- Series: IT Best Practices
- Paperback: 256 pages
- Publisher: VMware Press; 1 edition (August 3, 2012)
- Language: English
- ISBN-10: 0321820479
- ISBN-13: 978-0321820471
- Product Dimensions: 7 x 0.5 x 9.1 inches
- Shipping Weight: 15.2 ounces (View shipping rates and policies)
- Average Customer Review: 10 customer reviews
- Amazon Best Sellers Rank: #2,599,462 in Books (See Top 100 in Books)
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Managing and Optimizing VMware vSphere Deployments (IT Best Practices) 1st Edition
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About the Author
Sean Crookston currently is a data center implementation engineer at TBL Networks, a VMware Enterprise Solutions Provider in Richmond, Virginia. Sean holds certifications from VMware, Cisco, EMC, and Microsoft. Throughout his career, Sean has engineered technology solutions for the healthcare, government, manufacturing, publishing/broadcast, and high-tech industries that streamline business processes and reduce operational expenses. Sean has been awarded the VMware vExpert award in 2010 and 2011.
Harley Stagner is a VMware Certified Design Expert (VCDX #46) and the first VCDX in Virginia. Harley is currently a datacenter design architect at TBL Networks, a VMware Enterprise Solutions Provider in Richmond, Virginia. Harley is focused on vSphere Architecture utilizing the latest datacenter technologies. Harley maintains a blog about these specialties at harleystagner.com. A list of Harley’s other publications can be found at www.harleystagner.com/publications.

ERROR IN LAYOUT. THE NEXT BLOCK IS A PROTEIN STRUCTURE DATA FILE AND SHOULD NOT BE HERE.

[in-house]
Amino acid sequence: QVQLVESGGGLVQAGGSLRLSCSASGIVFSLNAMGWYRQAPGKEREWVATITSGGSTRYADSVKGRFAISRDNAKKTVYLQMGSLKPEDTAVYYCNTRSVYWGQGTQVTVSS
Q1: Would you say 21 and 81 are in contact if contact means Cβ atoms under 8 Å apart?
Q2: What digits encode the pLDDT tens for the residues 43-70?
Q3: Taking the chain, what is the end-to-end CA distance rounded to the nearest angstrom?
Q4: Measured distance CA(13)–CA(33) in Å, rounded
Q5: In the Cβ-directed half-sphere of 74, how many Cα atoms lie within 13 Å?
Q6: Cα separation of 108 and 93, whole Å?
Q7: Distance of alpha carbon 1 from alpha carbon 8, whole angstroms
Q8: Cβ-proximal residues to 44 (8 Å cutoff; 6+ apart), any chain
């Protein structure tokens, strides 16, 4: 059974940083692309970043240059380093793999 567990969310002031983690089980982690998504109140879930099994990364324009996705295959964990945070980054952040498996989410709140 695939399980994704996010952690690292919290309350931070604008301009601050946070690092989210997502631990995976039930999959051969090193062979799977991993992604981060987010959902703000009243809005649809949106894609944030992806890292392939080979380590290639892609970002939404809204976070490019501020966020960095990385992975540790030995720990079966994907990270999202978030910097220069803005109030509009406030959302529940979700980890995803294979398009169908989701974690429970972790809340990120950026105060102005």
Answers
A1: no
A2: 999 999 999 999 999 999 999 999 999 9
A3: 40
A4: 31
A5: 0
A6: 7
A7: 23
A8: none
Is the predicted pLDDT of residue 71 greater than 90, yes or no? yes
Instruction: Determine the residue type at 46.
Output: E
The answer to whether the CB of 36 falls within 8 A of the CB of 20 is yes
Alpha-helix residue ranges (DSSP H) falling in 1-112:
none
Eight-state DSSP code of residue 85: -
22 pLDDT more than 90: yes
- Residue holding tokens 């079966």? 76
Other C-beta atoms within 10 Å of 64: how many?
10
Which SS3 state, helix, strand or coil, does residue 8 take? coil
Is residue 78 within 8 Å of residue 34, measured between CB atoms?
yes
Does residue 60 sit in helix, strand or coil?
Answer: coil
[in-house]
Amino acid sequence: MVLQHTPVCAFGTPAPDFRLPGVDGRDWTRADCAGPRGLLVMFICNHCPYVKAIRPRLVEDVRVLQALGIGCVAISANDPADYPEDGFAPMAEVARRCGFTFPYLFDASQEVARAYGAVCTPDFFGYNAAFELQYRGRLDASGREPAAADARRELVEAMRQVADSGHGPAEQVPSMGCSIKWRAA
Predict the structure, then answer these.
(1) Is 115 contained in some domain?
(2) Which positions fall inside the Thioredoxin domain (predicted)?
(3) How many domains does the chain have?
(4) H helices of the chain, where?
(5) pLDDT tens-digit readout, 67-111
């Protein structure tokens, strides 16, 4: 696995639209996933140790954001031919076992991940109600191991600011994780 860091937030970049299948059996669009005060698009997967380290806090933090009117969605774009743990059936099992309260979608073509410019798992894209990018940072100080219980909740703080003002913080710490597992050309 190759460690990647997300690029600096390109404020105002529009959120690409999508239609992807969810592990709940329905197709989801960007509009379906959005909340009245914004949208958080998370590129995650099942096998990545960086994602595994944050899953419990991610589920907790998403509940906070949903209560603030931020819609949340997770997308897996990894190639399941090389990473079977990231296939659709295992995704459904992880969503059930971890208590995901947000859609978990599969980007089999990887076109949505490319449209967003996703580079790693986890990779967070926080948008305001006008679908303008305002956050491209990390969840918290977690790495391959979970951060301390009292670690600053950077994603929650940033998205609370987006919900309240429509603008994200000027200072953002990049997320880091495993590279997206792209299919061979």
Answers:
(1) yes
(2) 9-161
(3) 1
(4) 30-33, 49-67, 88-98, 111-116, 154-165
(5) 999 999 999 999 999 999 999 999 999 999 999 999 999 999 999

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Chapter 1: Laying the Groundwork
What a great start. This chapter covers the core competencies of vSphere 5. Not only is the functionality of these competencies discussed, but the design considerations are given as well. Good choice guys! Chapter 1 starts off with capacity planning (disk, network, compute, environmental) and was my favorite part of the chapter. Capacity planning is one of the most important steps that must occur prior to deployment and it can mean the difference between success and failure. Some other areas discussed:
Performance - storage performance; IOPS and throughput
Management - updates, monitoring processes
Designing - hardware, DRS, HA, vMotion, Storage DRS
Like I said before, a great start!
Chapter 2: Implementing the Solution
This chapter did not skip a beat. Chapter 2 picks up right where chapter 1 left off; with design. It goes through doing a final review of the design with the stakeholders prior to implementing. My favorite part of this chapter is the `Automating Implementation Tasks'. This chapter hits on host profiles, PowerCLI, vCenter Orchestrator and Auto Deploy (which is very cool). At the end of the chapter Harley and Sean go through how to verify the implementation, which I think is super useful and can be the difference between success and failure with regards to implementation.
Chapter 3: Operating the Environment
Chapter 3 has a lot of meat to it. It covers the gamut of operational considerations in a vSphere 5 environment, Some of the highlights:
Backups - this part covers snapshots and then goes into VMware Data Recovery, which is a free, and good on a small scale